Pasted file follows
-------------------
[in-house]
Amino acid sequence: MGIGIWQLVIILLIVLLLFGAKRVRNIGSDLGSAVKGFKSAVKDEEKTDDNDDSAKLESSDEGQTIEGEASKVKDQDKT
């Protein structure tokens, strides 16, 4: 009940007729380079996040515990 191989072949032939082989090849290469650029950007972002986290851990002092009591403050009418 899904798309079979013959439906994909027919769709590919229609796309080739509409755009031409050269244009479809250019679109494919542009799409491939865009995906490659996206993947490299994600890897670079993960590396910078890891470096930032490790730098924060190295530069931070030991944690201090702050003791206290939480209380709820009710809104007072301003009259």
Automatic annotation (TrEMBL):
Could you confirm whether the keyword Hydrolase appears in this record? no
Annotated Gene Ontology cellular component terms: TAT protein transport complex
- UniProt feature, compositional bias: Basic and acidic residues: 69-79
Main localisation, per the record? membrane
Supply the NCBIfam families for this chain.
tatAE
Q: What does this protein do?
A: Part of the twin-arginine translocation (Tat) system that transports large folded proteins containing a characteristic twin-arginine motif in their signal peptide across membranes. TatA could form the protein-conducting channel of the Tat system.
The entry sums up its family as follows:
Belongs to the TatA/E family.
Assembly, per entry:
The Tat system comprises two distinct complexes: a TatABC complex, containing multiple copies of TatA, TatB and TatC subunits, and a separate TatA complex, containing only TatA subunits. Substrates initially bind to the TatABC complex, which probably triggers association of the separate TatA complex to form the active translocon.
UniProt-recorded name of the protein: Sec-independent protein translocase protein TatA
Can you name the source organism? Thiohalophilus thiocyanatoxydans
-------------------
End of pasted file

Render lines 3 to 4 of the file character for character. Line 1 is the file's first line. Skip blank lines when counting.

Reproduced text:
């Protein structure tokens, strides 16, 4: 009940007729380079996040515990 191989072949032939082989090849290469650029950007972002986290851990002092009591403050009418 899904798309079979013959439906994909027919769709590919229609796309080739509409755009031409050269244009479809250019679109494919542009799409491939865009995906490659996206993947490299994600890897670079993960590396910078890891470096930032490790730098924060190295530069931070030991944690201090702050003791206290939480209380709820009710809104007072301003009259």
Automatic annotation (TrEMBL):